Improvement of Self-Injury With Dopamine and Serotonin Replacement Therapy in a Patient With a Hemizygous : A New Therapeutic Strategy for Neuropsychiatric Features of an Intellectual Disability SyndromePAK3: A New Therapeutic Strategy for Neuropsychiatric Features of an Intellectual Disability Syndrome Mutation: A New Therapeutic Strategy for Neuropsychiatric Features of an Intellectual Disability Syndrome

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Abstract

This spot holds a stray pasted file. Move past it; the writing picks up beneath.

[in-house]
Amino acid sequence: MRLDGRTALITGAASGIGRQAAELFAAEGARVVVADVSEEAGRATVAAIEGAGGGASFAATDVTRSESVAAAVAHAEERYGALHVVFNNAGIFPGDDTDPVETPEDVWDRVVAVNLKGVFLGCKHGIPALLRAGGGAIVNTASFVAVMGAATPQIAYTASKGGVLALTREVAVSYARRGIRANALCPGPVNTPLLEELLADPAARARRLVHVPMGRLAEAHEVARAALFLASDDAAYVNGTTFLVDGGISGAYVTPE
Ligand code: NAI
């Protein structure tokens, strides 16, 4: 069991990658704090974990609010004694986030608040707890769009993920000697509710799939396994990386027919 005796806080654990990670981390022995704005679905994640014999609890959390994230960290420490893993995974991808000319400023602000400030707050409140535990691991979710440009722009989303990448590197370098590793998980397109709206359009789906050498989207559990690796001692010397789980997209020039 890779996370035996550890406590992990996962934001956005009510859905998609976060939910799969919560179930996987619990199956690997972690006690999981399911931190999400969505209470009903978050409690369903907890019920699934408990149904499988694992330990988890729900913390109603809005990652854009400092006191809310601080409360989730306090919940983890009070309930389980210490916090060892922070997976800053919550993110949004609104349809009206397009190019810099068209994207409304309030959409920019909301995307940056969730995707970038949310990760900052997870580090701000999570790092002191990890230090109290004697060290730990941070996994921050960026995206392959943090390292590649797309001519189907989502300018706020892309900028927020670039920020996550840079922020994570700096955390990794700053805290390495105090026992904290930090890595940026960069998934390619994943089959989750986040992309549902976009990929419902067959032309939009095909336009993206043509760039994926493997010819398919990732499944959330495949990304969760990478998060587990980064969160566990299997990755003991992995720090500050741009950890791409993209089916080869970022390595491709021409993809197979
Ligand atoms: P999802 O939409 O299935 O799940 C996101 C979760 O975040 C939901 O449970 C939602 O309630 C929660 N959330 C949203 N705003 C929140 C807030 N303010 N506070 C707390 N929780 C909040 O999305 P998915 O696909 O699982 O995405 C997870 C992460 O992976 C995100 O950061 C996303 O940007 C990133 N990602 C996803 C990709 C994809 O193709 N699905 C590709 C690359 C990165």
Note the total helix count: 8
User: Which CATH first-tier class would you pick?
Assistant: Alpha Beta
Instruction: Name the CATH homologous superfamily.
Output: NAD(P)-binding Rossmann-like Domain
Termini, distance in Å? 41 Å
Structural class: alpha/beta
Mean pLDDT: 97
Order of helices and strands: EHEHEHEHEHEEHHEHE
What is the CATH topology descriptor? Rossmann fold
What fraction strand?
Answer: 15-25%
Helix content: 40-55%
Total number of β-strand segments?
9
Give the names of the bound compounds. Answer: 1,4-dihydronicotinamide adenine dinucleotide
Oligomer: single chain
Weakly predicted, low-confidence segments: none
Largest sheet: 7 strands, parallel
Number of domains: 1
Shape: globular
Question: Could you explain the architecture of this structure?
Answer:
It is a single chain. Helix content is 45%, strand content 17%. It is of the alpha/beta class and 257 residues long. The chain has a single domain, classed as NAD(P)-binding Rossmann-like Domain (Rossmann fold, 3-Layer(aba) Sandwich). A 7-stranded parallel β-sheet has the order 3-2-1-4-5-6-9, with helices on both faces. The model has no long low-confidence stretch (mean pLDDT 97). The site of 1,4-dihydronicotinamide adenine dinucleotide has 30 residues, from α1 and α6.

PAK3-related intellectual disability is caused by mutations in the gene encoding the p21-activated kinase (PAK) protein. It is characterized by mild to moderate cognitive impairment, micro/normocephaly, and a neurobehavioral phenotype characterized by short attention span, anxiety, restlessness, aggression, and self-abusive behaviors. The authors report a patient with a novel PAK3 mutation, who presented with intellectual disability, severe automutilation, and epilepsy. His magnetic resonance imaging changes were most likely secondary to lacerations from parenchymal contusions. His behavior was difficult to manage with behavior interventions or multiple medications. After finding low levels of dopamine and borderline low serotonin metabolites in the spinal fluid, treatment with low dose L-dopa/carbidopa and 5-hydroxytryptophan significantly improved his self-injurious behavior. This is the first case of PAK3-related intellectual disability presenting with severe self-injury with improvement following treatment. The patient’s response to neurotransmitter replacement therapy raises the question if this treatment intervention might help other individuals suffering genetic syndromes and self-injurious behaviors.

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